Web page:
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Cablegate: Sw China Electronics Giant Sets Sights On U.S. Market, Seeks

VZCZCXRO1152
PP RUEHGH RUEHVC
DE RUEHCN #0262/01 3220748
ZNR UUUUU ZZH
P 180748Z NOV 09
FM AMCONSUL CHENGDU
TO RUEHC/SECSTATE WASHDC PRIORITY 3525
INFO RUCPDOC/USDOC WASHDC PRIORITY 0023
RUEHOO/CHINA POSTS COLLECTIVE
RUEHCN/AMCONSUL CHENGDU 4229

UNCLAS SECTION 01 OF 02 CHENGDU 000262

SIPDIS

DEPT FOR EAP/CM
SENSITIVE

E.O. 12958: N/A
TAGS: ETRD EINV PGOV KIPR KNNP CH
SUBJECT: SW CHINA ELECTRONICS GIANT SETS SIGHTS ON U.S. MARKET, SEEKS
TO BECOME A GLOBAL PLAYER IN 10-20 YEARS

CHENGDU 00000262 001.2 OF 002


1. (U) This cable contains sensitive but unclassified
information - not for distribution on the Internet.

2. (SBU) Summary and Comment: Sichuan electronics giant
Changhong recently told us success in the U.S. market, elusive
up to now, would be a litmus test of its arrival as a major
global player. The company's long-term strategy includes
building a single worldwide brand name, and strengthening
quality control so that it is able to compete on more than just
price. Changhong's chairman frankly compared his firm's
relatively weak position in overseas markets to that of Korean
companies such as Samsung in the 1980s; at the same time, he
boldly predicted Changhong would become a world-class
electronics firm in 10-20 years.

3. (SBU) Comment: Changhong noted it is resolving unspecified
"patent issues" in Europe and the United States. These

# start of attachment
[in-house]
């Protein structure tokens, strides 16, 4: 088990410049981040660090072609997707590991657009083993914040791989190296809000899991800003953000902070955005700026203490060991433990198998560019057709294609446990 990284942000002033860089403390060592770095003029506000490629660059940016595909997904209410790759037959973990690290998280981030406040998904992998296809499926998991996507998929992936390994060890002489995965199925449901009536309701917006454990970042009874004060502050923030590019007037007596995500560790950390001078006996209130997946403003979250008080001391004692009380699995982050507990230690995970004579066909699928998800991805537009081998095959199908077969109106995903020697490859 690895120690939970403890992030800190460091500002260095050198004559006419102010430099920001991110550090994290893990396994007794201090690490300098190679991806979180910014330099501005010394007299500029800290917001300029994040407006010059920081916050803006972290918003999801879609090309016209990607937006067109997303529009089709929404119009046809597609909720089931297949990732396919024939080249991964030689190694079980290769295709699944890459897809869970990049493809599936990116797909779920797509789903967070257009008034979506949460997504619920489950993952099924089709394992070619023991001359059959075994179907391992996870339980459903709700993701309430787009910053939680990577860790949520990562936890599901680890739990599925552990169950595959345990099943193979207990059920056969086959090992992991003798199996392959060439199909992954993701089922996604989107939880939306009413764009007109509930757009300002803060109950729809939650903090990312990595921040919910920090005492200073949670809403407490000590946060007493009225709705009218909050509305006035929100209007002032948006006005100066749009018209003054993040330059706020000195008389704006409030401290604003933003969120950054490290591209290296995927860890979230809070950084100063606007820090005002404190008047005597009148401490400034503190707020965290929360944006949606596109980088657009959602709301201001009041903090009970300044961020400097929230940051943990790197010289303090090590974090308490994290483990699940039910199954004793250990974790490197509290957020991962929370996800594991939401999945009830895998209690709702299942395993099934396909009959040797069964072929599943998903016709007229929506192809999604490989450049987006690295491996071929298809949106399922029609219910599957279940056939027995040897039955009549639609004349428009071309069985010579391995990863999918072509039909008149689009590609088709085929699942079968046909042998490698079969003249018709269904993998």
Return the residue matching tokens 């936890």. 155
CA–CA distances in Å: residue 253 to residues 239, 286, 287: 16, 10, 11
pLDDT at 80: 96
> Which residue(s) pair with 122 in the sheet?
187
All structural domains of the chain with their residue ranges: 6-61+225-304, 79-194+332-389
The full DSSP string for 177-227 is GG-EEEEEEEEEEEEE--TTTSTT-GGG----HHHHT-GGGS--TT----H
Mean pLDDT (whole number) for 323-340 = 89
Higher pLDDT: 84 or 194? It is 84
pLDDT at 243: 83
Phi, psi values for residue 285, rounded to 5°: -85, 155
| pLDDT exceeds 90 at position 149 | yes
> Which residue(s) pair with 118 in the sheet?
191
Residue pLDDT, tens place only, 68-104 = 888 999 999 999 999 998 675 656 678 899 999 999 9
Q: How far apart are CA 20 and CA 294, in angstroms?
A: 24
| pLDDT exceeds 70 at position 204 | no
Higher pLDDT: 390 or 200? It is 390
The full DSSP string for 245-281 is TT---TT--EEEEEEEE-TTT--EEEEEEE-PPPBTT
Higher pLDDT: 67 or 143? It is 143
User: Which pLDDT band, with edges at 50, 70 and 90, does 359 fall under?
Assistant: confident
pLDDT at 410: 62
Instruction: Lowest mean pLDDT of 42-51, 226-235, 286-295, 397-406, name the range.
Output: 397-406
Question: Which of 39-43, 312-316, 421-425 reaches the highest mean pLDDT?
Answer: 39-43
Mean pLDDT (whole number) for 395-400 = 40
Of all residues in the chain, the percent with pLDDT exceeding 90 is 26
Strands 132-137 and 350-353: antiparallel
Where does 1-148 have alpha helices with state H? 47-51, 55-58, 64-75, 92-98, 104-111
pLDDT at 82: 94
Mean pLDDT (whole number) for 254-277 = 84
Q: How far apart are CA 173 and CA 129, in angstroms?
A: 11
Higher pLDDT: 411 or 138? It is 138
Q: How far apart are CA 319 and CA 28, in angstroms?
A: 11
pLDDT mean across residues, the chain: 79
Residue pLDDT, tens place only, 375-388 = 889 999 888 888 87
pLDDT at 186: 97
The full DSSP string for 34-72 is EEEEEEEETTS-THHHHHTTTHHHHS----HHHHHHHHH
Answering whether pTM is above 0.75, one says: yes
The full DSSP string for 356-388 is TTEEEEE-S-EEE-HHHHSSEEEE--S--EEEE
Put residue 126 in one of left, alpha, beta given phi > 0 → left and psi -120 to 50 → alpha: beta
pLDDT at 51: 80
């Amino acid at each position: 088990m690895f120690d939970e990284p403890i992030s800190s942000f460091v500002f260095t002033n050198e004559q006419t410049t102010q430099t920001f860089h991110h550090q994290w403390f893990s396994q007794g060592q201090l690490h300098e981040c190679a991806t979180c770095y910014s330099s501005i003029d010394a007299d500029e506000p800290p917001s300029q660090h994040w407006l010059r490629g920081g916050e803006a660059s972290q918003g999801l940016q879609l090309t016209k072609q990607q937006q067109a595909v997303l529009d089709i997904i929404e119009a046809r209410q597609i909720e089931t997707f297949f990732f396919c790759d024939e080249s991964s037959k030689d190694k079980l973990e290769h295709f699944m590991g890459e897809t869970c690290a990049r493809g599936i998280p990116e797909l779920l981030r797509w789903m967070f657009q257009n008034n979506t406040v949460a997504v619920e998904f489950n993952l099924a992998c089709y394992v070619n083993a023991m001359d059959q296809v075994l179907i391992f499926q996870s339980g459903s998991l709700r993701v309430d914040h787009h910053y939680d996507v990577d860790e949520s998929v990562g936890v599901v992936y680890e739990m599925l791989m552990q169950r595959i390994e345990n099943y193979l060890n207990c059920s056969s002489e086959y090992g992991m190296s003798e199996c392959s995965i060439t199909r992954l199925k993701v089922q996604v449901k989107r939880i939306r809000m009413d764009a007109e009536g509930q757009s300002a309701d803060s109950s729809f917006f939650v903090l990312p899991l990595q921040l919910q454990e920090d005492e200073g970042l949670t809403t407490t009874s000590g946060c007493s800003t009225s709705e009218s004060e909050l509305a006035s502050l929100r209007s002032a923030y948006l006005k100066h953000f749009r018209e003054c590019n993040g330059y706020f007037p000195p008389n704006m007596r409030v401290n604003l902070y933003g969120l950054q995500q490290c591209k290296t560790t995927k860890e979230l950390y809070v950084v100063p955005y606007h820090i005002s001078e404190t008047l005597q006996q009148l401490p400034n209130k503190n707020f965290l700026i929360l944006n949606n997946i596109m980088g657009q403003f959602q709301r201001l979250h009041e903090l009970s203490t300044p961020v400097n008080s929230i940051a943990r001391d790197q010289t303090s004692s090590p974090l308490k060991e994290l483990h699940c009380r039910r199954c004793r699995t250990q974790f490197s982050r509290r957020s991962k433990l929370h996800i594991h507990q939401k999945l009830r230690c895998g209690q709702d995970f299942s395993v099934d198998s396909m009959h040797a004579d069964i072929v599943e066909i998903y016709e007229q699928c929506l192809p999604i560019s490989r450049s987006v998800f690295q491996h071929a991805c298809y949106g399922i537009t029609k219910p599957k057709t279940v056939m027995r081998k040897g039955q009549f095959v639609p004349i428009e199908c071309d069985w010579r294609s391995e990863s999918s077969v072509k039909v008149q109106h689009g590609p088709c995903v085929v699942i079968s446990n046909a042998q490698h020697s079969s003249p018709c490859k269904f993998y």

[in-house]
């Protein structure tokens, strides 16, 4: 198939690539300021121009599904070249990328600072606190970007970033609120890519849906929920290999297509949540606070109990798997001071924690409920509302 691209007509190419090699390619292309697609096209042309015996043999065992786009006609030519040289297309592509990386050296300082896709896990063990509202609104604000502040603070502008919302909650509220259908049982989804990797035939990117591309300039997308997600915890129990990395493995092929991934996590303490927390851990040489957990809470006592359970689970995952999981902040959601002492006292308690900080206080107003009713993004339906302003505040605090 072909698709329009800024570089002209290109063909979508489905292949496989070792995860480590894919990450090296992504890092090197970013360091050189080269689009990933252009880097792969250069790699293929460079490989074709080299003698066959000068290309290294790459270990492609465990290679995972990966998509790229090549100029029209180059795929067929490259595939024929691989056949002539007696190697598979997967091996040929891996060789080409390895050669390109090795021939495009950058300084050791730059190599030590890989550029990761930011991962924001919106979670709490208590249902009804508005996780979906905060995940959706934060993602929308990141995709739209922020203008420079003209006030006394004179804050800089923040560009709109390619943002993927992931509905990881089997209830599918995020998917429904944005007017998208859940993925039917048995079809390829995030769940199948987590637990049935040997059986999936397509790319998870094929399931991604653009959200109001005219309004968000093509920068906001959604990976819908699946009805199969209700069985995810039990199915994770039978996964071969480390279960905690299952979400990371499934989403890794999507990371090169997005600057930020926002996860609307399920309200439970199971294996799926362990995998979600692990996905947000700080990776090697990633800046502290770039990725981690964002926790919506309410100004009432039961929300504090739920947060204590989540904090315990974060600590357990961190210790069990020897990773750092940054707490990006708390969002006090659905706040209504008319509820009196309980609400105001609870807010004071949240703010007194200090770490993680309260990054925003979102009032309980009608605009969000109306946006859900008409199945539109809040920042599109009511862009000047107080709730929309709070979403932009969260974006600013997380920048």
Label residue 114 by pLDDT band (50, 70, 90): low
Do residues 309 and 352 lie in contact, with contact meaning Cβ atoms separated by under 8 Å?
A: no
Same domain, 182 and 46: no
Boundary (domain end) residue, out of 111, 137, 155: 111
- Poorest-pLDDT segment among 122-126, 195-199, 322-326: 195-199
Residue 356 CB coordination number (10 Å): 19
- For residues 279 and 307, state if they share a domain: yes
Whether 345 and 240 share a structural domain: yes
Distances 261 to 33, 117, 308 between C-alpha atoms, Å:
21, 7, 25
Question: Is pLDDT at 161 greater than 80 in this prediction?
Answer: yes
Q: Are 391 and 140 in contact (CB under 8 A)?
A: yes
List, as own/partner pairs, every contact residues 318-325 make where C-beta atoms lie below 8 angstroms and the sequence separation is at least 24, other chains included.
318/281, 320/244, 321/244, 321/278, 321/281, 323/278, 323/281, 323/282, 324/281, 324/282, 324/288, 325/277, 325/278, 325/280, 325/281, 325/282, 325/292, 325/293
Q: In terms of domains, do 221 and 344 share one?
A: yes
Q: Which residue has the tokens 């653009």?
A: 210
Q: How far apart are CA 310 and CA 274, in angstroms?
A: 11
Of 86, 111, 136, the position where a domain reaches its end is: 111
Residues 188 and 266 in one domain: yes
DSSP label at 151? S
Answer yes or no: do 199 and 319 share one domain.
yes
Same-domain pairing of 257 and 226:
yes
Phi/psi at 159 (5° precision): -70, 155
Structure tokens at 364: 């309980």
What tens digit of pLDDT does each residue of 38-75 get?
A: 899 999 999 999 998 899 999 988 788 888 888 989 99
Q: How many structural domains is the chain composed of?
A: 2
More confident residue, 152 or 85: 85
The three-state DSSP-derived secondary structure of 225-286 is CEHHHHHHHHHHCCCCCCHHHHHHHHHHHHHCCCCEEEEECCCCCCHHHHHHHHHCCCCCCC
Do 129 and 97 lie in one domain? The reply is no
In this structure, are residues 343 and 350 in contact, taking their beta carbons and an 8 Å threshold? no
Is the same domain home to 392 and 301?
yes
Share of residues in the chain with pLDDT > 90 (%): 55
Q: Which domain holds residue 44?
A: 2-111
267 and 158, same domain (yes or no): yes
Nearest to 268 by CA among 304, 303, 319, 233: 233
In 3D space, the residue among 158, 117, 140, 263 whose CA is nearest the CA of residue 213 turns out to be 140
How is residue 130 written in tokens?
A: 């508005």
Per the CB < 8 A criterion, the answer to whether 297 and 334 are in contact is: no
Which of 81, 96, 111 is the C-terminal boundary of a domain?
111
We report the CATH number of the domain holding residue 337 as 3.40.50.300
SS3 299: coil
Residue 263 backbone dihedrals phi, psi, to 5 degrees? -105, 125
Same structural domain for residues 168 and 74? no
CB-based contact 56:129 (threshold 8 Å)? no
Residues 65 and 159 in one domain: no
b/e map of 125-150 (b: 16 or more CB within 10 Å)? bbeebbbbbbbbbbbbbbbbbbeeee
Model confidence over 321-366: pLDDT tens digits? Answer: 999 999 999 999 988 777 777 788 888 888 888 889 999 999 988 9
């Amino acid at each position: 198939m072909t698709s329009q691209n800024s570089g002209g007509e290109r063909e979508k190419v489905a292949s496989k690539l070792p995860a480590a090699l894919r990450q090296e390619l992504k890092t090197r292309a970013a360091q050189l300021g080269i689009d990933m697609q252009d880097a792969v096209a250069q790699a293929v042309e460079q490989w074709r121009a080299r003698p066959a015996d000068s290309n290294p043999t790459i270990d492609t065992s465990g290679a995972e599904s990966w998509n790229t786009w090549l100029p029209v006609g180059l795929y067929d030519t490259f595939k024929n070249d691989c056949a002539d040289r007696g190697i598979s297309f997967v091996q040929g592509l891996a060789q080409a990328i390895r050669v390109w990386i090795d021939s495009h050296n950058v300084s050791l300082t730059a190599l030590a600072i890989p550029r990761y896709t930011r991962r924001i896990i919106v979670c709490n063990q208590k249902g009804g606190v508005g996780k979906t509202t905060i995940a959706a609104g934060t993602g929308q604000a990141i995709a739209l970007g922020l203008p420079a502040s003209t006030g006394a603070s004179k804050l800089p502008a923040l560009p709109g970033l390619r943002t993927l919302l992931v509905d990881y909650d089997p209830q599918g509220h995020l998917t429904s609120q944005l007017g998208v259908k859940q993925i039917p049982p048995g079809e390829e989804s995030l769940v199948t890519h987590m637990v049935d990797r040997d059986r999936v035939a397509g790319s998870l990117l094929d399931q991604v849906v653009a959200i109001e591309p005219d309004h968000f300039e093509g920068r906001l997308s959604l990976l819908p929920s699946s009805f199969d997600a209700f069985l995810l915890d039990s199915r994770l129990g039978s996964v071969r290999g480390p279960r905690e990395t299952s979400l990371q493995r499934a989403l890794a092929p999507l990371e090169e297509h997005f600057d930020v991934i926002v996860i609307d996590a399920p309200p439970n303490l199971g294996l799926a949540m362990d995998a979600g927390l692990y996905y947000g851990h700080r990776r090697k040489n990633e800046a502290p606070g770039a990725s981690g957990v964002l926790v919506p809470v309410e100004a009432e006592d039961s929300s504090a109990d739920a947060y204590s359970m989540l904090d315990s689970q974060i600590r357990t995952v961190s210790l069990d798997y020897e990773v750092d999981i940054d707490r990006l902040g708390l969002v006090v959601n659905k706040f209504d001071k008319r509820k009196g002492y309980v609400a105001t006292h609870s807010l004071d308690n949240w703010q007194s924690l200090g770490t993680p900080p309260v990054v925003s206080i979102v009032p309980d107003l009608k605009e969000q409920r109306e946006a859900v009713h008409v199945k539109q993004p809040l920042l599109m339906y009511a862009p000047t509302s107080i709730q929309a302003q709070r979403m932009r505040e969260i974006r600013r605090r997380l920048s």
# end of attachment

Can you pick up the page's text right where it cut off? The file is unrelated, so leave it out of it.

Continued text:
difficulties may be helping Chongqing, like some other Chinese
companies, slowly realize that it will be impossible to operate
successfully as a world-class multinational without showing more
respect for intellectual property rights. End Summary and
Comment.

International Partnerships, Domestic Base, One Brand

--------------------------------------------- -------

4. (SBU) Changhong Chairman Zhao Yong told Consul General
November 12 that his company already enjoyed a number of
successful partnerships with international corporations such as
General Electric, IBM, Dell, Intel, and Samsung. He said that
his company's products, which include flat-panel televisions,
mobile phones, and an array of other consumer electronics, were
selling better in Australia and Europe. Changhong, which is
based in Sichuan Province's second largest city, Mianyang
(septel), already enjoys a sizeable share of China's domestic
market for LCD and plasma televisions.

5. (SBU) Zhao stressed that the company would concentrate on
building a single worldwide brand name: "Changhong" (i.e. a
strategy similar to that of Japan's "Sony"). The company had
struggled with its branding strategy for 10 years, and in 2005
even hired a U.S. firm to explore the idea of selling Changhong
products under different names in different markets. While some
executives were still concerned that that Western markets might
not respond well to the Changhong name, recent stronger sales in
Europe (300 million Euros) have allayed their doubts, he said.